If there was one thing made clear at the National Outfitters Hunting and Fishing exhibition held this past Thursday through Saturday (February 15-18) at the Palais de Congrès in Montreal, it’s that Quebec’s outfitting industry is not just thriving but is kicking and screaming. Hundreds of exhibitors from across the province and country lined the crowded hall to showcase their outfitters’ operations and show off new models of trucks, ATVs, boats and other goods.
Among them were hundreds of hunting and fishing enthusiasts who had come to book their future trips. That is the main goal of this three-day expo, to connect the outfitters with their clientele.
Says Jeanie Mianscum of Obatogamau Outfitters in Chibougamau: “I am here to represent the outfitting camp. We have lots of clients that come every year so they meet us here to make their deposits. We show them pictures of what they can catch: walleye or northern pike.”
Mianscum was not the only friendly face representing the north as The Cree Outfitters Association (COTA) and the Awashish Outdoor Adventures Company both had booths.
In representing the association, Angel Mianscum’s main role was to present information on the various Cree outfitter organizations. The question she most commonly answered was, “How long is the drive?”
Beside the COTA booth was the Awashish Outdoor Adventures booth being manned by George Awashish, who seemed delighted to be taking part in the event.
“It’s actually the best place to be, to be with potential clients,” he said. Awashish beamed with pride when he spoke of his family’s company. “We are offering fishing trips up on the Rupert River, fully packaged, trips that run four days, five days and seven days. It’s only accessible by plane to a very cold, remote area where you only see my clients and my family. I am from Mistissini, it’s a family owned and operated business that has been running for five years.” Aside from outfitting operations, also on display were the latest in ATVs, fishing boats and trucks.
Suzuki had some fancy new vehicles to show off, all decked out in camouflage for ideal bush travel.
“For this year we have the LTA 450, AFI full injection, it is the same body as the King Quad 700 so it has a very large body, fuel injection and rear suspension and independent suspension,” said Suzuki rep Marc Andre.
What was really interesting about this particular vehicle was that you could order it with regular wheels or skidoo tracks. The version with tracks was definitely had the feel of a miniature tank or something else that Canada’s military should be using and onlookers gawked in awe.
Kawasaki also had some fun little utility vehicles all decked out in camouflage. The Mule 610 4x
4 was definitely a hit with its sturdy-yet-compact design. This vehicle both looked and felt as though it was created for hunting in the bush.
The new 2007 Dodge Ram 2500 and 3500, 4x
2 and 4x
4 was on display at this event and seemed to generate a great deal of attention from passersby. Though there was nobody on hand to tell us what in particular made the 2007 version better than the 2006 model, the pickup’s imposing stature and fancy wheel wells were enough to generate buzz.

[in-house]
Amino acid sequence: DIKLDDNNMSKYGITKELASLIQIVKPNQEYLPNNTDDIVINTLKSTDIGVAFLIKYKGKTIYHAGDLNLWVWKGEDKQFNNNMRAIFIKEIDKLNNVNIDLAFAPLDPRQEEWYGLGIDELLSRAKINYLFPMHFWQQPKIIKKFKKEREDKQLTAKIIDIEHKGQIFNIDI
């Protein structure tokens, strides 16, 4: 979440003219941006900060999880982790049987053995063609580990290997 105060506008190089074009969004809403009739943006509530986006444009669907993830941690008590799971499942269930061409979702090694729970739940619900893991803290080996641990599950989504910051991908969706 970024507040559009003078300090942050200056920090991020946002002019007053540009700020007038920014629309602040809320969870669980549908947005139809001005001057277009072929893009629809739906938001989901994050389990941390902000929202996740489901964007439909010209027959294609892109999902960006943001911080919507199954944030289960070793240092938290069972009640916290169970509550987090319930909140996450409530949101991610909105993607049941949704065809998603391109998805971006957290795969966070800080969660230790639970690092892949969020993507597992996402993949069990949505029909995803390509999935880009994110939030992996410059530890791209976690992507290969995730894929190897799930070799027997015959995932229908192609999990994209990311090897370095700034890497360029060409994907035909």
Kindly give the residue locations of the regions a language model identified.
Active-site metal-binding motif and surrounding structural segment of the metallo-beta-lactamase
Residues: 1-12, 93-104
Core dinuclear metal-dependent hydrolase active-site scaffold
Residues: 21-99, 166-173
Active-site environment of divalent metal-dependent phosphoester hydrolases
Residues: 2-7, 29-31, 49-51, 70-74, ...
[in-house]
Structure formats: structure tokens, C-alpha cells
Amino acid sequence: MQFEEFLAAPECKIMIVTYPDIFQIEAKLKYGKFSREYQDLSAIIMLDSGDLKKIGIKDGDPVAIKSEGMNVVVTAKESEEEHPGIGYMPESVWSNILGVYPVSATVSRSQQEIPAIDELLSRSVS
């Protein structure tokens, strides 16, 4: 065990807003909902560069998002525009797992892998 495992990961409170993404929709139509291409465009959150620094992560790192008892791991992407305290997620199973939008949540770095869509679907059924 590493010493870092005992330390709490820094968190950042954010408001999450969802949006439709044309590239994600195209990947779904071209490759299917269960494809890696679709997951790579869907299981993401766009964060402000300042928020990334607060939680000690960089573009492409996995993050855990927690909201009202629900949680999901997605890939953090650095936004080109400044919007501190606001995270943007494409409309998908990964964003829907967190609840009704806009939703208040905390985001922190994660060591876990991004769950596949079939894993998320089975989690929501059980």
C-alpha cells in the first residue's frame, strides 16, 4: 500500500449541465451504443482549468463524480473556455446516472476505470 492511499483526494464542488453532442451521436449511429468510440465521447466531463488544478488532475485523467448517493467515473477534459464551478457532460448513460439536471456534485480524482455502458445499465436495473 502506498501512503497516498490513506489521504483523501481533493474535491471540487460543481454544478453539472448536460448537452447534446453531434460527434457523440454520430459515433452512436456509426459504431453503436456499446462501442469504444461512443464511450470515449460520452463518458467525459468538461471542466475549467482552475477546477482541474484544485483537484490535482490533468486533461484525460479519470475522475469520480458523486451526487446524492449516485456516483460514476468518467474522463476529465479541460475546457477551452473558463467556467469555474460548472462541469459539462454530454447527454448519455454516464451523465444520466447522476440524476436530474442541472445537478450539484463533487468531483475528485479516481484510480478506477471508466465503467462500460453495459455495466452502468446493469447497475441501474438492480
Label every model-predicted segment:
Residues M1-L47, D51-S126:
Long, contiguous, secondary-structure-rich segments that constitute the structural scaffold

Ten Point Crossbows were definitely all the rage at this year’s show and on display at just about every booth that featured weapons. For that matter, crossbows were about the most high tech weapons there as this show really did not feature guns or rifles (much to our dismay!) As Ten Point only releases their new models in February, only the 2006 models were on display. The Pro Elites and Pro Fusions were no less impressive, www.tenpointcrossbows.com.
It were not for animals there would be no hunting, so animals both alive and stuffed decorated the aisles and in some instances were available for human interaction.
Faucon Environmental Services provided a display of live hawks and owls for anyone who felt brave enough for an encounter. Though not many of us will ever have the opportunity to have a live owl perched on our hands, these trained birds posed no real threat, www.faucon.biz
Not to be outdone, Chenil de la Rivière Blanche had its own display of sleeping Bloodhounds for anyone considering purchasing a première hunting dog. Though it was hard to believe that anyone or thing could sleep through all this chaos, these sleeping beauties caught the attention of even the most gruff looking hunters and just about everyone else in the vicinity, http://chenildelariviereblanche.com/Despite the endless amount of trophies, from stuffed bears (of any variety), lynx, musk oxen and even a toucan, there was strangely only one taxidermist booth at the entire show. Daniel Callan, a master taxidermist from Cornwall
Ontario, said he got into taxidermy for his love of animals.
“It was something as a kid,” said Callan. “I raised pigeons for years and my favourite pigeon died so I had it mounted. I bugged the taxidermist so much that he showed me how to do it. I still have the pigeon and that was 28 years ago.” Though mounting trophies makes up the bulk of his business, when asked what his strangest taxidermy request was ever, he responded, “Their pet dog!”
Callan and his associate Richard Davis, who was busy gluing feathers onto a fresh piece at their booth, both became taxidermists through apprenticeships but offer private courses for those that are really interested in taking up the art. Go to callantaxidermy.com for more information.
There was so much to take in at this year’s show that it would be impossible to talk about all of it in one piece. To keep up to date with the National Outfitters or to have your own booth at next year’s show, go to: www.pourvoirie.net